Here's a review of the Tempo Ref
http://www.youtube.com/watch?v=4YFybJwEVKg

When he plays the 200bpm groove starting at 6:00, it gives a fairly steady reading, but when he goes into double time you see the numbers bouncing all over the show.

The included trigger works fine, but it doesn't come with a proper way to attach it to the snare. I've been told that any acoustic trigger would work with the unit, so if you wanted to 'upgrade' you could just pick up a trigger from Roland, ddrum, or the like. The unit also doesn't have it's own mount - I'm keeping an eye out for a clip on mobile phone or iPod holder that can hold it.

I believe this thing is homemade, by the inventor himself, probably in his house. While that may sound like an overflowing bucket of reliability hell, I have had mine over a year and it still works fine and the benefits of having it have more than outweighed the cost. If it broke I would buy another one straight away.

And I chose the Beat Bug over the Tempo Ref because I did not need the extra functions of the Ref. The Ref's auto power on/off sounded a little fishy too, based on what the reviewer in the video above says about it.

Any more questions just ask :)
Thanks brother- I appreciate the input.
It does look like it's between the Beat Bug and Tempo Ref.
 

NC68

Senior Member
You need a metronome.
+1

Working on your sense of time by practicing with a metronome would provide the most effective results. Also as Kettles pointed out the Beat Bug and similar devices can only provide a raw measurement between two consecutive notes so if you are playing anything other than say quarter notes on the snare it may only provide short time periods of useable feedback.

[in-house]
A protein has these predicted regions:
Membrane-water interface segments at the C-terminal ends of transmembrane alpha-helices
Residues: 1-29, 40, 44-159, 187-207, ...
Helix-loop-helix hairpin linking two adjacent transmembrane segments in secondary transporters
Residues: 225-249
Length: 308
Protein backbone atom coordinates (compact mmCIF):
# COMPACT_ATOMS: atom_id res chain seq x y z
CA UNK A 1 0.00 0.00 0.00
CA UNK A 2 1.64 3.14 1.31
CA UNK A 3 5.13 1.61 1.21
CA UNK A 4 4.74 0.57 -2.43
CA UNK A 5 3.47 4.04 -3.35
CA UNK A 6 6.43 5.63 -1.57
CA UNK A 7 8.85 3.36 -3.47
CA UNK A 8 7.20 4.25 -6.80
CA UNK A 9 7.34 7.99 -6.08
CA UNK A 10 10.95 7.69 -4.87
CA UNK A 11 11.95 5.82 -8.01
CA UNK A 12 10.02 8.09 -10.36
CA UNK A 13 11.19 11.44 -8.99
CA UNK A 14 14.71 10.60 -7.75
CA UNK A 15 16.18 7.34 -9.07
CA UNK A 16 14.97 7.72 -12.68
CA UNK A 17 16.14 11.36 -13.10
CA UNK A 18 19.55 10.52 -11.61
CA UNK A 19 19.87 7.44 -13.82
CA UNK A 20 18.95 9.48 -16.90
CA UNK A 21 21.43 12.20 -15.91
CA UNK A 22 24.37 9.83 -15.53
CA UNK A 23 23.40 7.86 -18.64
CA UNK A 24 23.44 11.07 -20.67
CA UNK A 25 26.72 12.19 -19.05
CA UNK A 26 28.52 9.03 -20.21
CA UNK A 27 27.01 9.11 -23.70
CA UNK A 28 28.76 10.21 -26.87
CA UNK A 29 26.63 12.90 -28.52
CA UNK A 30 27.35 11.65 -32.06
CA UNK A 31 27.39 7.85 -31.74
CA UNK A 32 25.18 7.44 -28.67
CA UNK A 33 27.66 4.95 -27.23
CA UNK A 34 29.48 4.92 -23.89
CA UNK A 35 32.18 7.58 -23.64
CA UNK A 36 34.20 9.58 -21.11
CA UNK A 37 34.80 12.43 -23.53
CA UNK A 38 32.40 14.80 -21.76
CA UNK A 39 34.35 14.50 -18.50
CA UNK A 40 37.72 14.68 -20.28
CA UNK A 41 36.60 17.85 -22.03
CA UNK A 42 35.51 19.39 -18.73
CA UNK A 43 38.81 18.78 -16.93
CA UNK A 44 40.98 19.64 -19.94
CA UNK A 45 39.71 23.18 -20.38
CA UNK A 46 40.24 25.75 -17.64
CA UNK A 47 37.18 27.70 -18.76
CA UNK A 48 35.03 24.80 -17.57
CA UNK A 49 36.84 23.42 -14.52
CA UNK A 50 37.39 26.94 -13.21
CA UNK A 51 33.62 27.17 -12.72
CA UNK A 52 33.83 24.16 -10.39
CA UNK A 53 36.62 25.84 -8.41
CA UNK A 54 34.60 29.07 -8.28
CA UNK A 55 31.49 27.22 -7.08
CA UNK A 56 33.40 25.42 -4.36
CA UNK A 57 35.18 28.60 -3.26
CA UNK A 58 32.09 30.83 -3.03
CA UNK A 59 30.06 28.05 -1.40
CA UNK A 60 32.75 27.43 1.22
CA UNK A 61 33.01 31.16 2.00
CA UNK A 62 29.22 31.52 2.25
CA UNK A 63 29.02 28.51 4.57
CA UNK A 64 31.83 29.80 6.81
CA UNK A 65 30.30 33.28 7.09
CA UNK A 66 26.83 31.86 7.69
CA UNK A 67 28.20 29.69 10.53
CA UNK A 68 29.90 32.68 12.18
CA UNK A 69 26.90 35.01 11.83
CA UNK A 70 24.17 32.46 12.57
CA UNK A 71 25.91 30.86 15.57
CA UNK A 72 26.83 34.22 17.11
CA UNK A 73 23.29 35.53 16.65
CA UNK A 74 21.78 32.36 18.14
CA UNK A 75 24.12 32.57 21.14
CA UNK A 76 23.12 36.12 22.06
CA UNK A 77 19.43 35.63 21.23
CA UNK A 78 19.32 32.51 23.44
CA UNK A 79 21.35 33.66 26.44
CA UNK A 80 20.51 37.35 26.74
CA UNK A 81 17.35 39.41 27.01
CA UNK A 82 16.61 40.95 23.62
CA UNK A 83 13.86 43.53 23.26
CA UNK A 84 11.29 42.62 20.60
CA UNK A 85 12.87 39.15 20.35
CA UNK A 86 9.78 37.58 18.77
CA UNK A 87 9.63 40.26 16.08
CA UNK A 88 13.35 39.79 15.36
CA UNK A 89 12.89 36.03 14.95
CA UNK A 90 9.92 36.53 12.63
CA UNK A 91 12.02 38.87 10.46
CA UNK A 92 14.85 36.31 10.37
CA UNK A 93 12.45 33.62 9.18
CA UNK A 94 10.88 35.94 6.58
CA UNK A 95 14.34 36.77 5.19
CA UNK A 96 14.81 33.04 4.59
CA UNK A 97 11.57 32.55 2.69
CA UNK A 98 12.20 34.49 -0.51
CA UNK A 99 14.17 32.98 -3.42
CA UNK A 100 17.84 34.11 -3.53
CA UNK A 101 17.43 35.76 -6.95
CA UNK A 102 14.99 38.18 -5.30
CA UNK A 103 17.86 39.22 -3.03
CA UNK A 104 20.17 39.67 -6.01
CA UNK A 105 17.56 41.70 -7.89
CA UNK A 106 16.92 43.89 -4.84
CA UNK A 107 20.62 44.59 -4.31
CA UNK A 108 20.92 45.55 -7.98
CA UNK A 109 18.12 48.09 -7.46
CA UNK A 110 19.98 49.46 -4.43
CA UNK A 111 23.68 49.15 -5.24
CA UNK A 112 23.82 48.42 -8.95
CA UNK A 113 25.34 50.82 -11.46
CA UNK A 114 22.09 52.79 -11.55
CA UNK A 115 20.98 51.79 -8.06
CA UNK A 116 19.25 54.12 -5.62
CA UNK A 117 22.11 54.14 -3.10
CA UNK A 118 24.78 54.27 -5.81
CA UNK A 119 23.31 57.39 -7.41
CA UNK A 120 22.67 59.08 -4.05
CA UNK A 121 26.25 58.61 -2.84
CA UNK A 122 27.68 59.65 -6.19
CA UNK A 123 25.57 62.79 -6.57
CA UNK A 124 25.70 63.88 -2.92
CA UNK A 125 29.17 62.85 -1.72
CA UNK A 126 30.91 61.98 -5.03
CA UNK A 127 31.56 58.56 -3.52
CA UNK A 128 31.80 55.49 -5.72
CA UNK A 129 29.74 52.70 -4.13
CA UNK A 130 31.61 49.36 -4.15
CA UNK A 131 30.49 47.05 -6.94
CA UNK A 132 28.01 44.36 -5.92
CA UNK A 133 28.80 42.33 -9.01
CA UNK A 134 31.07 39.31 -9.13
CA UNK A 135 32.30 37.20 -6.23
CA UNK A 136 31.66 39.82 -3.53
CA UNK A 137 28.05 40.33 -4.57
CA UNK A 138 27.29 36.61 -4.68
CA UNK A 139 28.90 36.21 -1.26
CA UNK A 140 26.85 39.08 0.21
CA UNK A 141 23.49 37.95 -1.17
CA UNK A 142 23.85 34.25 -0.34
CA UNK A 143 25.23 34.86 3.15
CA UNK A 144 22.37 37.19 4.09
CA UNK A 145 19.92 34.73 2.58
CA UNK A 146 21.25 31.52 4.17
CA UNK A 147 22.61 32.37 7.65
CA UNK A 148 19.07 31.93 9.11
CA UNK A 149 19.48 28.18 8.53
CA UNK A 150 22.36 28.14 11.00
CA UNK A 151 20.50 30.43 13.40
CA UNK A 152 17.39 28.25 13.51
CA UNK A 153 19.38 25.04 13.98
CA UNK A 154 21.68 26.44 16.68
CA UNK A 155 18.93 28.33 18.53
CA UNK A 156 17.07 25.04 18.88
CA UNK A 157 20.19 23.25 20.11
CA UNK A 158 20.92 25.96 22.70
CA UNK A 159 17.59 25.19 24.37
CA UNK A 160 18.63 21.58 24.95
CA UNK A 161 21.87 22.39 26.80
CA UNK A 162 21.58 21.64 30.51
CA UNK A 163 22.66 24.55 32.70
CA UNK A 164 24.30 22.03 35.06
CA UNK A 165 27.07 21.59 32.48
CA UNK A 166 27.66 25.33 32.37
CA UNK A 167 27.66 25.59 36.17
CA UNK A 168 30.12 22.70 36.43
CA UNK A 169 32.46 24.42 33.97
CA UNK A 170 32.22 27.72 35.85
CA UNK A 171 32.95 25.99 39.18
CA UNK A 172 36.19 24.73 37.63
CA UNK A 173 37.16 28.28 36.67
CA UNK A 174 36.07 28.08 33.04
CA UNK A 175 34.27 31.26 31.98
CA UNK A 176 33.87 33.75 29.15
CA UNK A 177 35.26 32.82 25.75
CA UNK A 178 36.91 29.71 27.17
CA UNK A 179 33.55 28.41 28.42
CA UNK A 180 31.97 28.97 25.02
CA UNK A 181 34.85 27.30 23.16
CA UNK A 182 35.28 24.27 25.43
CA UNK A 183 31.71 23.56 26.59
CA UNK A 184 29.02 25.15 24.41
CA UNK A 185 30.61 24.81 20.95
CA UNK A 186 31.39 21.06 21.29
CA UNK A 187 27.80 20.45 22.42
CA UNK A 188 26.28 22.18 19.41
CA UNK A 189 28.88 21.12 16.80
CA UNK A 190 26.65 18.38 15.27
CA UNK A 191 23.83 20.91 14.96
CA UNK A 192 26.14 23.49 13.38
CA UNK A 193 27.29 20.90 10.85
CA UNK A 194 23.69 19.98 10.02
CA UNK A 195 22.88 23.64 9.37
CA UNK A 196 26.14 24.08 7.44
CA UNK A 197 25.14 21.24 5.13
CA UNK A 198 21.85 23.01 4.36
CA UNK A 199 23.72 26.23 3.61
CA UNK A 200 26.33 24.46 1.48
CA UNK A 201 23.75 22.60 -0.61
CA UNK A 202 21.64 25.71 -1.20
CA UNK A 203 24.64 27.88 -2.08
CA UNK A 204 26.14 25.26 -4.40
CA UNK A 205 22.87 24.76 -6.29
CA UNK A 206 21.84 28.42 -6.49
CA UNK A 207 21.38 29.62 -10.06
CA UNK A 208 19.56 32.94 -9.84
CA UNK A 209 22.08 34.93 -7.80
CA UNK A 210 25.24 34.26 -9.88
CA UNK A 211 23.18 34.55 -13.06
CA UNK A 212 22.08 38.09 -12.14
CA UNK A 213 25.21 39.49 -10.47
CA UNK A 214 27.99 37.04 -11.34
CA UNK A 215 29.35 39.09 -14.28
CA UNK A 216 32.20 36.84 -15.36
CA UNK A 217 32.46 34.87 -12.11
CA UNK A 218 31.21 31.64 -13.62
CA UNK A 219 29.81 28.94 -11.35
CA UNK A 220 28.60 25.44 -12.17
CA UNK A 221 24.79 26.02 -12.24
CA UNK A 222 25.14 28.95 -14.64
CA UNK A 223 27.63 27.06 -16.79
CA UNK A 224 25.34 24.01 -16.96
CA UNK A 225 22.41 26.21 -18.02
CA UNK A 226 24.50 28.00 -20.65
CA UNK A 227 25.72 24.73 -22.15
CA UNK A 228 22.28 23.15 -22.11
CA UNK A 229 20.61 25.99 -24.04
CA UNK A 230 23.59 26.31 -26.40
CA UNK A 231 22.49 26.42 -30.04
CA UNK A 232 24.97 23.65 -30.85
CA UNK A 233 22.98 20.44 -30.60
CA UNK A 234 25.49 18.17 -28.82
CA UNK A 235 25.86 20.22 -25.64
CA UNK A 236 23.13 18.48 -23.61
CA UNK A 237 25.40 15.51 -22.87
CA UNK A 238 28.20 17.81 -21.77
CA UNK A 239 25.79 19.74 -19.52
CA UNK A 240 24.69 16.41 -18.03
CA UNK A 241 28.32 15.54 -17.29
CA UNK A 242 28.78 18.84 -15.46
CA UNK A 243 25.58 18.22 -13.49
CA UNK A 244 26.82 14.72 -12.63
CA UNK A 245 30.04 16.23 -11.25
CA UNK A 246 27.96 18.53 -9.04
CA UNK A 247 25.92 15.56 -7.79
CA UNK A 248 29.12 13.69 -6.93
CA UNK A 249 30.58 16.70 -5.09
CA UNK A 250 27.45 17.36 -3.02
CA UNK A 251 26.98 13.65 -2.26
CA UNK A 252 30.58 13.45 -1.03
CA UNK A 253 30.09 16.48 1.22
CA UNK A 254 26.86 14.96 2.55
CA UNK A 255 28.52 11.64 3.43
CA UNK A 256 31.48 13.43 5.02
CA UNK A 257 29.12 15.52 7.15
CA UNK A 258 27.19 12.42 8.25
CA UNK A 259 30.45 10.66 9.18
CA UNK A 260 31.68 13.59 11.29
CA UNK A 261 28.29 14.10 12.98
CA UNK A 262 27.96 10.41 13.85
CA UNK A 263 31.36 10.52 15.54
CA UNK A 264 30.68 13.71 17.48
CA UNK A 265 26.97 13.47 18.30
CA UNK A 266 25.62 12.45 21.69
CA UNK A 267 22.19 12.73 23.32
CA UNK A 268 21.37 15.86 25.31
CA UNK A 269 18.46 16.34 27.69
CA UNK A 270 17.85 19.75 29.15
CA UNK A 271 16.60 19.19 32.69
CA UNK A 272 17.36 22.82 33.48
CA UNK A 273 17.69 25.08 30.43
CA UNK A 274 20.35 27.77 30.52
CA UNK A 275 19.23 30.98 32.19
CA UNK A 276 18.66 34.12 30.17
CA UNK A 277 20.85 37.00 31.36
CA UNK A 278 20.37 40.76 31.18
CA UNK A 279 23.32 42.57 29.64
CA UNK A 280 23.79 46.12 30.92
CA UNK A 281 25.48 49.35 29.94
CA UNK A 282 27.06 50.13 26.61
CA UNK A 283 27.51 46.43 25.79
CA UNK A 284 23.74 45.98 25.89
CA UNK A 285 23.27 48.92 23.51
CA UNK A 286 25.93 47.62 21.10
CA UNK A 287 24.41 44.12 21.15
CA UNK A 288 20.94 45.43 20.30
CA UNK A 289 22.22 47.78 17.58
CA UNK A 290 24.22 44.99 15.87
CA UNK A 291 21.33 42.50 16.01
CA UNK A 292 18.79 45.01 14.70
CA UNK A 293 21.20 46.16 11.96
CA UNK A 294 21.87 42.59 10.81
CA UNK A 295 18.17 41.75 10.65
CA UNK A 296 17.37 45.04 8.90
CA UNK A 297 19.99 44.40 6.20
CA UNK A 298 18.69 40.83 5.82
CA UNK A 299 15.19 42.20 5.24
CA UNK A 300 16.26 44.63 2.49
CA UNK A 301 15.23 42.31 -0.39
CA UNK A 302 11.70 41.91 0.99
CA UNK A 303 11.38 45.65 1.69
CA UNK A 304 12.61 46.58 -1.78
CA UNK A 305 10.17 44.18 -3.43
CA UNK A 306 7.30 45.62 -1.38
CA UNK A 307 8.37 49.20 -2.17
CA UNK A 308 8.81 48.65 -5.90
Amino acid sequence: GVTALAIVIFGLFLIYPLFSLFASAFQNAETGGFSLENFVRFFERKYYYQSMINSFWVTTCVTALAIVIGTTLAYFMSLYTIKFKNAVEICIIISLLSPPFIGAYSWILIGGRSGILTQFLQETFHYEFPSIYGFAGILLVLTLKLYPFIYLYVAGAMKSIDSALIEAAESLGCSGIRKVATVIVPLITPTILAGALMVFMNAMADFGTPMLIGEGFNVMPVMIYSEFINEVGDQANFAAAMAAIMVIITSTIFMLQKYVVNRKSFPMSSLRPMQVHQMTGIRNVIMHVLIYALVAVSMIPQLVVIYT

kettles

Gold Member
+1

Working on your sense of time by practicing with a metronome would provide the most effective results. Also as Kettles pointed out the Beat Bug and similar devices can only provide a raw measurement between two consecutive notes so if you are playing anything other than say quarter notes on the snare it may only provide short time periods of useable feedback.
That's not really the case. The beat bug gives you useful feedback whenever you're playing 2&4 on the snare, which for me is 80% of the gig. I don't stare at it the whole time, but just glance over occasionally to see where we're at.

You can also attach the trigger to your bottom hi hat which of course can be played at half or quarter notes.

Of course practicing with a click in your own time is essential, but having tempo feedback on the gig is really valuable.

It's not without it's flaws (what is?) and you have to work with it and just use it in your own way. Above anything else it allows me more confidence.
 

BigDinSD

Gold Member
+1

Working on your sense of time by practicing with a metronome would provide the most effective results. Also as Kettles pointed out the Beat Bug and similar devices can only provide a raw measurement between two consecutive notes so if you are playing anything other than say quarter notes on the snare it may only provide short time periods of useable feedback.
Agreed. Much of my practice each day IS with a metronome. I replace batteries every 45 days. As you mentioned, it is the "raw measurement" that I actually want to check. Short periods of usable feedback are adequate. I'll be jamming with others so it gives us/me a monitor of our tempo.

The metronome suggestion is well taken, but I am looking particularly for a tempo monitor.
 
Didn't someone come on here with a simple iPhone app that used the internal microphone?
Yes, I'm the developer of liveBPM which is available for both iPhone and Android:
https://itunes.apple.com/us/app/livebpm-beat-detector/id554766778
https://play.google.com/store/apps/details?id=com.DanielBach.liveBPM

It does work great with the internal microphone, but you might as well connect better (positioned) sensors/microphones if you want to get the best possible performance out of the app.